BCS App: MyChoice conducted monthly monitoring on the implementation of BCS and use of the app:
In addition to analyzing uptake through monthly monitoring, a three-wave evaluation was conducted with a control and intervention, with videotaping of the sessions and telephone follow-ups at 3 months and 12 months to understand the impact of BCS on FP method discontinuation rates.
Reaching consumers with FP information in a country as large and diverse as Indonesia can be a daunting task. The MyChoice project used digital solutions because of high Smartphone use and internet penetration in Indonesia. An app was the first consideration. While the app had all the features and information needed, the app itself wasn’t the best channel to use, and a mobile website that mirrored the app was developed. People were able to easily access the site through any device, and data shows that most are using a phone to access the site.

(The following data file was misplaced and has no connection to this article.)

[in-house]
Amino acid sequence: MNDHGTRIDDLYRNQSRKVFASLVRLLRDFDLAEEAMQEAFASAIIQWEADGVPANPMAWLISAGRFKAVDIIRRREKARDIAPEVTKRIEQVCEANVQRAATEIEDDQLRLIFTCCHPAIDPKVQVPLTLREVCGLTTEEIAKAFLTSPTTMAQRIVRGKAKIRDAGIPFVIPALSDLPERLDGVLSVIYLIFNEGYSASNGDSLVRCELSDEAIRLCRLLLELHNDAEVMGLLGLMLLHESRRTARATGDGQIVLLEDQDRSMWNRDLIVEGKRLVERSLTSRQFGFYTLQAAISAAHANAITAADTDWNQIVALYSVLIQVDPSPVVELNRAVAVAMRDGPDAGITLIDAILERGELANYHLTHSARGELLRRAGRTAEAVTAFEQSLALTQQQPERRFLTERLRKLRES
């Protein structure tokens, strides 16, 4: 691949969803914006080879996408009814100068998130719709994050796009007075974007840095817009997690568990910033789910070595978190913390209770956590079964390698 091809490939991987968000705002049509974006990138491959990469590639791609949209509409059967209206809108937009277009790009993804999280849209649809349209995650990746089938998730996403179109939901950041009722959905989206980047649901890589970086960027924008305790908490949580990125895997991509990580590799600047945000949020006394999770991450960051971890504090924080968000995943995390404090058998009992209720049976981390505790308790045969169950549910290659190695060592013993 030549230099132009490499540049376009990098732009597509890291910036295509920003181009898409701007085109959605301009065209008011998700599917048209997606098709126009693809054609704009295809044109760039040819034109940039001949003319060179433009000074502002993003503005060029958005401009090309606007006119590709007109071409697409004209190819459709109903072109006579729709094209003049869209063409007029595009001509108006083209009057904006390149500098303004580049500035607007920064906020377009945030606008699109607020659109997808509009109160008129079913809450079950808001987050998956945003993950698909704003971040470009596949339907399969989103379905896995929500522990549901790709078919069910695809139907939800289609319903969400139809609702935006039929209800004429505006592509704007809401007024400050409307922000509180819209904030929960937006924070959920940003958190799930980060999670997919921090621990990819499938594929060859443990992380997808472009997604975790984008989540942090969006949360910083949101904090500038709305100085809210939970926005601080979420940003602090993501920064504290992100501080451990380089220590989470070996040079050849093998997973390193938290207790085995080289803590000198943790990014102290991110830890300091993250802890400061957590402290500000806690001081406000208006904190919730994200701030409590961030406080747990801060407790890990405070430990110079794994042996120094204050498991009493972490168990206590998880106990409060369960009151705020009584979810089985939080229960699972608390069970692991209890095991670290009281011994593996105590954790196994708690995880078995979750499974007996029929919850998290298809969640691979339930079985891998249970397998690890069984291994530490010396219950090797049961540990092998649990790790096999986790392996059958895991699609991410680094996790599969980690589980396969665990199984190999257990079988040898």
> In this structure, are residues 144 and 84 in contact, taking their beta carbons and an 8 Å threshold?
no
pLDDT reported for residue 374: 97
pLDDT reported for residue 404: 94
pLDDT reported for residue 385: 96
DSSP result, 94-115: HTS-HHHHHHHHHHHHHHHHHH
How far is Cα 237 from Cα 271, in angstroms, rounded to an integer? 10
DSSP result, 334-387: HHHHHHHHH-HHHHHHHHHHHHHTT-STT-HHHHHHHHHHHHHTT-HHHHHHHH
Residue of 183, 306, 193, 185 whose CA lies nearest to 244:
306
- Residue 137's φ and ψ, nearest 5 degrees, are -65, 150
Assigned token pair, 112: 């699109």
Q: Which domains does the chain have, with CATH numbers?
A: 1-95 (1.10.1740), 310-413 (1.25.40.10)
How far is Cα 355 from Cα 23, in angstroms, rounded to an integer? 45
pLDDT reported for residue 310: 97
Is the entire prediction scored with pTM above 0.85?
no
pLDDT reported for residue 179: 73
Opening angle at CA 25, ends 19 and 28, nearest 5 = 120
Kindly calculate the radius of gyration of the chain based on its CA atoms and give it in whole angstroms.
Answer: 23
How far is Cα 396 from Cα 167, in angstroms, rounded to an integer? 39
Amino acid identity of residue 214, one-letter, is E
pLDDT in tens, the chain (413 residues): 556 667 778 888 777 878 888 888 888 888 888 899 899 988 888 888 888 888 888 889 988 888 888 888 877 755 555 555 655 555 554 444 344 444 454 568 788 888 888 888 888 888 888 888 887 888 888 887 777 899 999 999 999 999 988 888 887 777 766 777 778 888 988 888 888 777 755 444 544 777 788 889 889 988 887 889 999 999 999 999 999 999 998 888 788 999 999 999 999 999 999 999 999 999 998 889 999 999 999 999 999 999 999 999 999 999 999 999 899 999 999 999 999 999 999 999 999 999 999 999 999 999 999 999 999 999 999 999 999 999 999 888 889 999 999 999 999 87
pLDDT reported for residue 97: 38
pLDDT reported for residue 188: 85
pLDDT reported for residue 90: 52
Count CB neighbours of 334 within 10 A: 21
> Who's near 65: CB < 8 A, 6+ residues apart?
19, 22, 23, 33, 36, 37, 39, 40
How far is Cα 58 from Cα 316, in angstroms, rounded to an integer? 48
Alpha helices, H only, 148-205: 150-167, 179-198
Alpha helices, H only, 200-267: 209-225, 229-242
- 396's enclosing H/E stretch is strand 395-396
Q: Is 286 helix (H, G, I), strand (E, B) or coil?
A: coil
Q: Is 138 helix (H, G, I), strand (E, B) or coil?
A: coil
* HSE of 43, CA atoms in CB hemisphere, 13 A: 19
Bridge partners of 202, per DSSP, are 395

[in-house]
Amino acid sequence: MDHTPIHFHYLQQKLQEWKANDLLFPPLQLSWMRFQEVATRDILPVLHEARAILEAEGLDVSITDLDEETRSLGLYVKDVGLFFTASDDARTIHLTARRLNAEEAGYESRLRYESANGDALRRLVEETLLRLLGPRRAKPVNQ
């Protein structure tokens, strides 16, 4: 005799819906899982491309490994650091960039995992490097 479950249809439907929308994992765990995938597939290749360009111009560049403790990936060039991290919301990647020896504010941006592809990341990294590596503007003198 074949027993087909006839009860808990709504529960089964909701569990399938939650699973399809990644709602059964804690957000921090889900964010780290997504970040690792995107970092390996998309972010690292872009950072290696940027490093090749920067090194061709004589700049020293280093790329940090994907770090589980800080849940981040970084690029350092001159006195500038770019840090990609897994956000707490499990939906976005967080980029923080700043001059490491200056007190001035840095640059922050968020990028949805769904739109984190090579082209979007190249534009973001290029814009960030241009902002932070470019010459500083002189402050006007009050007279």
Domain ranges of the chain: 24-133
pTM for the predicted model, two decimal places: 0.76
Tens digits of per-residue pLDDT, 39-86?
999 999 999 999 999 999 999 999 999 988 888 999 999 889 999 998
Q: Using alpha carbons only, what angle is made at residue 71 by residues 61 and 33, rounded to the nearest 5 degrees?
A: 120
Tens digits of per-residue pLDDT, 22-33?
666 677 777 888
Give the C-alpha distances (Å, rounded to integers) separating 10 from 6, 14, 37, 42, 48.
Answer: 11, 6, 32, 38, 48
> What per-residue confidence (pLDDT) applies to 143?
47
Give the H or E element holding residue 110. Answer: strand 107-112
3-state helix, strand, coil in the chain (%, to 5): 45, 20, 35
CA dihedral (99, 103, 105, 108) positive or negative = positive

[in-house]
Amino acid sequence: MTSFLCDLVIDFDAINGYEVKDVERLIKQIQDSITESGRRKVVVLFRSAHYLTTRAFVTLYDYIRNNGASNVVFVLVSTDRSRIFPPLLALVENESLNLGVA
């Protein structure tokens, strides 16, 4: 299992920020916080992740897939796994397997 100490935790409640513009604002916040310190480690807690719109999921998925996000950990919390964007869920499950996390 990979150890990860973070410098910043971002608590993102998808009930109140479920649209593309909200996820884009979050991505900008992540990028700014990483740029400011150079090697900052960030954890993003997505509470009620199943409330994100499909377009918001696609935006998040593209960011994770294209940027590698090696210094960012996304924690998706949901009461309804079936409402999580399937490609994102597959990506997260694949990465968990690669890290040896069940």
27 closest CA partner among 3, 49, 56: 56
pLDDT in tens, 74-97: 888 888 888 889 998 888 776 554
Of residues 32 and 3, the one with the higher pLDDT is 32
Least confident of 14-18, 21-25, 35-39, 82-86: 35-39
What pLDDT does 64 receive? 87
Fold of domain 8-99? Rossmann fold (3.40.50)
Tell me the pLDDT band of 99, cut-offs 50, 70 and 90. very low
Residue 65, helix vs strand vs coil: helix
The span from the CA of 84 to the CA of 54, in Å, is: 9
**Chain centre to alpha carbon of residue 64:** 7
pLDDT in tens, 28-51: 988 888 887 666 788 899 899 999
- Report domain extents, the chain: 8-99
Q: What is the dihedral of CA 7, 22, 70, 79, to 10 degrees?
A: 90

With this content, the apps were first developed for the motivators and then for the field workers. This “Transdigital” platform was able to tell the “FP story” in a number of different ways and through different channels. Because of the high use of phones and tablets, the motivators and field workers were easily able to use the apps on their devices. They felt more confident when using them because they could refer to articles, videos, infographics, etc. when talking to clients.
The health providers (counselors) felt the BCS app was easy to use, and also helped them conduct a structured counseling session that ensured the correct information was provided, and they didn’t leave out steps. They combined the app sessions with hard copies of some materials to ensure that the sessions were interactive and tangible.
The National Indonesia FP program is in the process of scaling these digital solutions for the field workers and the providers. The Skata platform will reside in the private sector to ensure its growth and reach.